Even good Rogue River steelhead flies like the G.R Hare’s Ear and the Carpetbagger Nymph need time off for rest and recuperation. Take a look at this past weekend’s successful guide patterns. The Midnight Fire Carpetbagger lost all it’s rubble legs. The G.R. Hare’s Ear still looks like it might hook a fish…even though it lost a tail. In fact it did accounting for a large buck steelhead hooked in the waning hour of the afternoon. Good strong hooks can be stripped and retied on. That and a bit of retouching to the hook point with a file are warranted for this pair.
My first venture out for the month was today. I hooked four and landed three steelhead, all on my own ties. A double bead stonefly and a Brown Fork Tail Prince nymph was the tandem team. Getting your flies down and dredging the bottom is definitely the ticket right now in the 1800 CFS flow. One of the fish caught may have come up to the trailing Prince Nymph judging that I could feel the bite as the fly was swinging and rising at the end of a drift. I encountered no gill-punched retread fish this early September, just fresh chrome sides as the video below will show..
Although the weather may not show it, winter is still here in the Rogue Valley. Sunny, mild days persist with daytime temperatures near the 70°F mark. During this stretch the lack of any measurable rainfall has left the rivers low and fishable; and right on time the winter steelhead are ever arriving and catchable.
Bless with this treat of fishable waters through early March, I have ventured out on both the Rogue and Applegate Rivers. From early-on plug, bait, and spoon high water efforts, the fishing method as of late has been with flies. Once again patterns such as the Carpetbagger Nymphs, bead head G.R. Hare’s Ears and Prince Nymphs are taking steelhead. I reckon it is the same old melody, but those buggy flies do really do the trick on the above mentioned rivers.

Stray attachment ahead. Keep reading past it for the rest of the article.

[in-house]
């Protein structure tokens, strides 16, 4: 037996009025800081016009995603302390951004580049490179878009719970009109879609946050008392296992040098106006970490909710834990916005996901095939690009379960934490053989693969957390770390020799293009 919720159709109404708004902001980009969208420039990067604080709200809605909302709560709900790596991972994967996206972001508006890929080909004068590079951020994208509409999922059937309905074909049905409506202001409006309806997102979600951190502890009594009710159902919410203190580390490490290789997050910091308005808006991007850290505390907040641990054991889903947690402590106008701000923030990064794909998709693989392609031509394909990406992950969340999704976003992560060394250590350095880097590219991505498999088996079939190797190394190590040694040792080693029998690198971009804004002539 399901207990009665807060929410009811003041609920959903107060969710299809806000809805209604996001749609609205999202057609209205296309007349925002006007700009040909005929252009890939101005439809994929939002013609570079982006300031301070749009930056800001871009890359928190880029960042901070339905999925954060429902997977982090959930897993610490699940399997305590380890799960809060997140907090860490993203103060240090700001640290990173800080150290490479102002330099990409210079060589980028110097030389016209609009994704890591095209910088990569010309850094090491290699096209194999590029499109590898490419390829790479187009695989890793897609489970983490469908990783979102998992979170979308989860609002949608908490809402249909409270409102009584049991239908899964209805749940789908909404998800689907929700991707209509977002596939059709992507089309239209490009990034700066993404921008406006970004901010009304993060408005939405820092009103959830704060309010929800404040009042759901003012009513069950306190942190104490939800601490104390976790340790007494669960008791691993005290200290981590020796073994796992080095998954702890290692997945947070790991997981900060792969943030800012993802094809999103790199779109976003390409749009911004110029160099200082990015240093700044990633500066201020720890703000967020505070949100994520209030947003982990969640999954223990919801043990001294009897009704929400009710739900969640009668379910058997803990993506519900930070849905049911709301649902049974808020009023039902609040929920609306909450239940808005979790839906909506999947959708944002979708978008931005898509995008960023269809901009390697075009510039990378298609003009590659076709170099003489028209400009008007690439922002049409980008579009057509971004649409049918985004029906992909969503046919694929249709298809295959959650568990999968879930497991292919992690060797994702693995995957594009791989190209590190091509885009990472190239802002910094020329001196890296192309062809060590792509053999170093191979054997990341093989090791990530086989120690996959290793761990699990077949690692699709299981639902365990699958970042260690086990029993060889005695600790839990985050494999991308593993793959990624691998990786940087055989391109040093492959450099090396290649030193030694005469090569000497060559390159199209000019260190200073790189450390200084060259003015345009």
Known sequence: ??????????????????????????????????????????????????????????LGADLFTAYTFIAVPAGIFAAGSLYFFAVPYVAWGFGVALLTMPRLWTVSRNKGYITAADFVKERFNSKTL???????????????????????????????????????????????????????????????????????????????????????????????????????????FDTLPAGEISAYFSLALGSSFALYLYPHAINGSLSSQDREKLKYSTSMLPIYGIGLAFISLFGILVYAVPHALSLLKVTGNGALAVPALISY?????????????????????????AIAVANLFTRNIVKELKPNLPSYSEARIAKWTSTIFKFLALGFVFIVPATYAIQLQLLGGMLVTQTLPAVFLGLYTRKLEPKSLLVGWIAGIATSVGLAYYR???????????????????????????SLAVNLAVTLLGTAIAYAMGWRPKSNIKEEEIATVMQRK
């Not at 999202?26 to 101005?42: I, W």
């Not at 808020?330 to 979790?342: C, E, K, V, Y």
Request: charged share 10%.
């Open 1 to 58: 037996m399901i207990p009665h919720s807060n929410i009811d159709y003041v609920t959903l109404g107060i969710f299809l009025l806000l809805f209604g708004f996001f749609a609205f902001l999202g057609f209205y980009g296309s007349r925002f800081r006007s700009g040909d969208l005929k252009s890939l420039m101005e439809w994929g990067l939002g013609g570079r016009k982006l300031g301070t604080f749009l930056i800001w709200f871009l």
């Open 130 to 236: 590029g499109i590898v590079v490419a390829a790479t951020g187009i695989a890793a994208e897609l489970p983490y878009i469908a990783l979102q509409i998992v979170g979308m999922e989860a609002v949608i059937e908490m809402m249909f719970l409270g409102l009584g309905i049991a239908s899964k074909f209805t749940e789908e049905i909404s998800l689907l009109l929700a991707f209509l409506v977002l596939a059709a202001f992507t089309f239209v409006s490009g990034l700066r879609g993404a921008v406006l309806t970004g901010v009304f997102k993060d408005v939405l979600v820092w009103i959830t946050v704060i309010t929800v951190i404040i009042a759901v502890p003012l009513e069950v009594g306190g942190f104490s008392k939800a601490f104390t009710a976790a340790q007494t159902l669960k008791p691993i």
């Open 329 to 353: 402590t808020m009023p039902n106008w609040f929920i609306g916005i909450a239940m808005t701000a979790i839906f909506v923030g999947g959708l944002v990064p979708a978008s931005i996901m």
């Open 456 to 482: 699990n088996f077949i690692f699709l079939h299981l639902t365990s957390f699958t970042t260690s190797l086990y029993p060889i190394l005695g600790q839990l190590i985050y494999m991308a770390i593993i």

The Waddington shank Jock Scott is similar to the regular hook Jock Scott in colors and materials. However the similarity ends there with the Intruder-style octopus hook attached to the posterior end of the shank. The tip, tag and butt section, found in the classic, salmon-hook pattern, are tied on the rear octopus hook. The majority body section and wing of the fly are tied “in the round” on the Waddington shank. In truth this wing built “in the round” is different than the classic, upright Atlantic salmon fly wing, but the colors and effect are much the same. Hope the fish agree.
Low cold water, shy bite…small flies on the swing have proved productive. Thin tippets have also been key. Depending upon the water, I’ve scaled down to six pound test. Generally two flies are good and the norm. A large Carpetbagger or other stonefly and a trailing smaller fly works well.
For a rare lapse of time I have been away from the Rogue River. The first time I haven’t cast a fly rod for over a full week this year on the river. This was not because I went away to some place exotic, but because a couple of things; a nasty summer cold and then getting over it.
So about two weeks ago I had visions of capturing a 1st of September steelhead with a fly. My session proved eventful. They totally annihilated me and a six weight. You get to the point where you think you can handle just about any circumstance and situation. Those chinook salmon proved to be still active in that run. They cleaned me out. Could not stop either of the two hooked.
Unfortunately next came a battle with some serious summer cold snuffles. I recommend crystal vitamin C, Raspberry Emergen-C, Halls Defence Cough Drops, Ricola Honey Lemon Throat Drops, and rest. Don’t break your rest too soon. This is one of those nastier colds that will come right back at you if you get active too soon.
I’ve had a lot of time to catch up with some Rogue River Steelhead Flies – Guide Flies fly tying. I feel so balance seeing my bins full and overflowing. Similarly, shooting clays over the summer has helped me start up right where I left off at the end of August. Only now instead of the “orange disc” I’m hitting the real thing.
So getting my rhythm back and it sure feels good. First I’m going to drop a few more birds as that season is fleeting. Then on to the Rogue River steelhead. Fortunately they stay in one place, and the season is long-lasting.
Today’s hot steelhead slammed a Carpetbagger Nymph. First cast! No kidding. One cast into the run and, “Fish on!” Taking full advantage of the recent increase in water flow within the Rogue River of Oregon, this hatchery steelhead put on a very hard and stubborn fight. Happy to see the Midnight Rainbow Carpetbagger holding firm and strong in the jaw of this wily Rogue River bright.